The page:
Web conferencing and video streaming. Two terms that seem to represent the same kind of thing. However, whilst both deliver real-time online experiences, web conferencing and video streaming solve different challenges and provide different benefits and solutions to business users. Let’s take a look at the characteristics and advantages of using each.
What is web conferencing?
Web conferencing is effectively a collaborative online meeting designed for small group sessions.
Web conference applications, like WebEx, GoToMeeting and Skype are a great way of holding online meetings with a limited number of people from different locations. Through desktop sharing, it’s easy to have conversations aided with pictures or webcam video, generally with up to 250 others – all in real-time.
Generally you access these web conferencing platforms through web apps or installed software, which means your audience needs to download and install the application in advance and this can also mean that you are sometimes restricted in what devices you can participate from.
Another reason web conferencing is like an online meeting is that by default you can see the details of all the other participants in the session, with the chance to interrupt or question the presenter with limited or no ability to moderate offline.
Commercially, web conferencing is usually licensed based on the maximum number of concurrent live viewers. So, if you want 50 people to join your online meeting, you pay for 50 seats. This can be somewhat of a barrier to large-scale use for internal meetings or presentations, as it can be cost-prohibitive to upgrade the licences to account for an all staff town hall for example.
Web conferencing is also extremely bandwidth intensive, and using it as a platform to broadcast a presentation to large numbers of staff could easily overwhelm the corporate network.
PROS: Real-time desktop sharing and collaboration, ease of use, ability to share presenter mode with different attendees.
CONS: Pay per viewer model can be expensive, bandwidth impact on corporate network, user experience / value of recorded session is limited
What is live streaming?
Webcasting or live streaming is effectively an online broadcast designed for one-to-many communication.
Video streaming takes the concept of web conferences one step further. By giving essentially unlimited numbers of people access to the same video at once, users have the ability to communicate with a much larger, global audience on almost any device without the need to download anything in advance.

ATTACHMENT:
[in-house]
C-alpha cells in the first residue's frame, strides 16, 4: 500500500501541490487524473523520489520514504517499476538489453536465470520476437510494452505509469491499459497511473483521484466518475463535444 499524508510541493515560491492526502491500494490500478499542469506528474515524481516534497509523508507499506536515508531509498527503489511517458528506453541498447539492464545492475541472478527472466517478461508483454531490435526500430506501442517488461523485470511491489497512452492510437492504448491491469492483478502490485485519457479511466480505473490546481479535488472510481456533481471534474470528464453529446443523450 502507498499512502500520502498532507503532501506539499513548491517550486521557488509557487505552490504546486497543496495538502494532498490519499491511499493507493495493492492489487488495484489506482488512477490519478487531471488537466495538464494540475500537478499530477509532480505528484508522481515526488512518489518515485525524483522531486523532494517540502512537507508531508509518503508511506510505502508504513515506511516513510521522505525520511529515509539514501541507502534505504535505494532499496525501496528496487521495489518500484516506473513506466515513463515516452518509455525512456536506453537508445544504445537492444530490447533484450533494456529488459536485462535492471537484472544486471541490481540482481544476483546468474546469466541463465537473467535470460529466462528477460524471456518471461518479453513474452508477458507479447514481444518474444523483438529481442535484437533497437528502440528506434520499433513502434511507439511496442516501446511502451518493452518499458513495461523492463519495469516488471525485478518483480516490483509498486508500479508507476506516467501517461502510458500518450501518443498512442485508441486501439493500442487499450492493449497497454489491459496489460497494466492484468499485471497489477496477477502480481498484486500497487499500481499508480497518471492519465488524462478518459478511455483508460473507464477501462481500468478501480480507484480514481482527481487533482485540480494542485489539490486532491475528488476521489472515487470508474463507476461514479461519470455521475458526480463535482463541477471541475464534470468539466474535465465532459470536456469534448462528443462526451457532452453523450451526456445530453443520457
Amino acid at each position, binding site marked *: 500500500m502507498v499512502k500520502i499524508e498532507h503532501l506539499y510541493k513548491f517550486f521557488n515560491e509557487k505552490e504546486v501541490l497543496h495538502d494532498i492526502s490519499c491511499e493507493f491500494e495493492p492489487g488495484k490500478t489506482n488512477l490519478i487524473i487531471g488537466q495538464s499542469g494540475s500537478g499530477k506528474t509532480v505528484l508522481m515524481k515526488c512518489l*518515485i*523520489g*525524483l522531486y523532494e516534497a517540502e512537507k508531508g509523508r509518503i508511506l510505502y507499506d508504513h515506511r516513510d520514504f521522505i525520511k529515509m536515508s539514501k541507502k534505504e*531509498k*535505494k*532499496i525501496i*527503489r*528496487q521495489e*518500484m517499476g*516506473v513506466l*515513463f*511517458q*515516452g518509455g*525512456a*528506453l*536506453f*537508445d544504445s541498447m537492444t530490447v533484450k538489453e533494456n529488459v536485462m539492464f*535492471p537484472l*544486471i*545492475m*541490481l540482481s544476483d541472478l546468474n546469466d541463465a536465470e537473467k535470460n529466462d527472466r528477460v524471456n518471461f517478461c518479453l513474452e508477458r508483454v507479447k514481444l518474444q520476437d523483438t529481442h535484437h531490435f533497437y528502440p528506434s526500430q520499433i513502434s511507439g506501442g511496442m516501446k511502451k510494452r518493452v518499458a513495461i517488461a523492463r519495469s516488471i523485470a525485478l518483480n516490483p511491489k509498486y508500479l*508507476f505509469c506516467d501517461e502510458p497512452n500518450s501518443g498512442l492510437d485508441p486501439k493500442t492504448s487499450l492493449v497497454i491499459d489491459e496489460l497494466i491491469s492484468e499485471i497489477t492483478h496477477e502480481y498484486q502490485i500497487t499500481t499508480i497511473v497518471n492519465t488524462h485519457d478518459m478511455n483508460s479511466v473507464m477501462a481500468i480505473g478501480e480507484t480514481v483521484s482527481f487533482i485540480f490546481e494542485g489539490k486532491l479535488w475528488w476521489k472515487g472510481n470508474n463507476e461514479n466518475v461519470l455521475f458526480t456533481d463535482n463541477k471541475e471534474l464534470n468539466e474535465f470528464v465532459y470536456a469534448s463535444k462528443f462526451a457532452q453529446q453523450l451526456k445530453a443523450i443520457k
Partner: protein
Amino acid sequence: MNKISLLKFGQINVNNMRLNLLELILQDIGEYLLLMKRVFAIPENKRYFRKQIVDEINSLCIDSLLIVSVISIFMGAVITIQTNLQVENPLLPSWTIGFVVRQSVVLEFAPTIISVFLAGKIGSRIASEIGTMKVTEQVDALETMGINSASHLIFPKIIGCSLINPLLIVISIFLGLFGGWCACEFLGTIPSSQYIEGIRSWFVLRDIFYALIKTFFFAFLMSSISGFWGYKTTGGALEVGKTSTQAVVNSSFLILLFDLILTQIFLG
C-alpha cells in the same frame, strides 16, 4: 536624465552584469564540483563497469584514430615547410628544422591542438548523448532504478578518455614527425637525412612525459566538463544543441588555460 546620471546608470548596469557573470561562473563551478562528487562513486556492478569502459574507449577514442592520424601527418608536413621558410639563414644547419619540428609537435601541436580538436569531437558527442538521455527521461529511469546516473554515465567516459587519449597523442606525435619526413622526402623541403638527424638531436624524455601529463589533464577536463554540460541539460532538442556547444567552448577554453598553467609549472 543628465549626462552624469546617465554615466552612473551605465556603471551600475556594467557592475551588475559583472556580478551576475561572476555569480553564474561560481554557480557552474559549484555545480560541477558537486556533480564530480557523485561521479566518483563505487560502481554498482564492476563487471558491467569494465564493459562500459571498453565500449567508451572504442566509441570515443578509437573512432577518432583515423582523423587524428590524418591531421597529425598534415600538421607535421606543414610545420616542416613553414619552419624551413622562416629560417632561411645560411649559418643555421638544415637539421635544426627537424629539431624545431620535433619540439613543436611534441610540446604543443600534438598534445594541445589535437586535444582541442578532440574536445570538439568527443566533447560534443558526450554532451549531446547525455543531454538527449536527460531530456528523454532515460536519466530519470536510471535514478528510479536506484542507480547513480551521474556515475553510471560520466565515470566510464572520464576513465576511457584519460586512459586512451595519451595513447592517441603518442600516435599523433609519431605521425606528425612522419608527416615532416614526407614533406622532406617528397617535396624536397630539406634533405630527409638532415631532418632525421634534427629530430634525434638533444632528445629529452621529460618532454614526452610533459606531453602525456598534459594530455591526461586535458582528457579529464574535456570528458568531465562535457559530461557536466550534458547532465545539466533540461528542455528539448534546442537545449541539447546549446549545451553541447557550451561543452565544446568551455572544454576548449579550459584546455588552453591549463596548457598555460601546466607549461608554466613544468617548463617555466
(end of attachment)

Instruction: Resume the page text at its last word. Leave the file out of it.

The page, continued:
Since the presentation is accessible from any browser or device with internet capability, engagement can happen inside or outside the corporate network. Because of its flexible nature, video streaming also allows both live and on-demand access of messages. This means that regardless of location, time zone or working hours, people can view the same content.
One of the benefits of webcasting or live streaming an event as opposed to just filming it for later distribution is the ability to have online viewers contribute questions, answer polls and surveys or pose comments to the presenter. Unlike web conferencing, this can be moderated so that only relevant questions are put forward to the presenter or shared with the online audience, facilitating community engagement while keeping the dialogue on topic.
Just as TV viewing has been transformed by technology like Foxtel iQ and Netflix, the ability to turn a live CEO announcement into a searchable, on-demand video has had a similar impact on internal communications. Now it’s a no-brainer to make internal presentations available to staff on whatever device they want, when it’s convenient for them to view it.
In terms of bandwidth, adaptive streaming automatically detects viewer device and available bandwidth to play the optimum format, but like all good tech it’s invisible so all the viewer has to do is press play. Video streaming is now commonly based on HTTP protocol (HLS) which means that both live and recorded presentations can be cached on corporate networks, significantly reducing bandwidth consumption and effectively making 100 viewers look like 1 in terms of impact of viewing content on the network.
PROS: Scale to support large (e.g. all-staff) presentations or briefings, ease of re-purposing content for on-demand convenience, no downloads, management of viewer interactivity
CONS: Greater effort involved in setting up, not cost-effective for small group presentations
Which one is best for me?
Web conferencing and webcasting really aren’t directly competing solutions so their relative suitability depends on your requirements.
If you have a meeting or presentation you need to share online with a small audience then web conferencing is a great option. Similarly, if you simply require small groups to collaborate on projects and don’t need or want the session to be accessible on-demand, web conferencing might be better suited. We use this type of solution ourselves when conducting product training with remote customers and it’s a simple, effective way of sharing desktop and audio with them.
For large-scale communication (e.g. If your workforce is spread across the globe but needs to get the same message at the same time), then video streaming would be a better option. It will give your online audience a high-quality, interactive experience that will complement that of the in-room guests and give everyone the sense they’ve been able to participate and contribute, while managing Q&A to help make your presentation a success.
How can we help?
At Viostream, we help organisations reach and engage their audiences using online video – from live streaming to searchable, on-demand video galleries. For more information on what we offer or to talk about any questions you have, feel free to reach out to us today.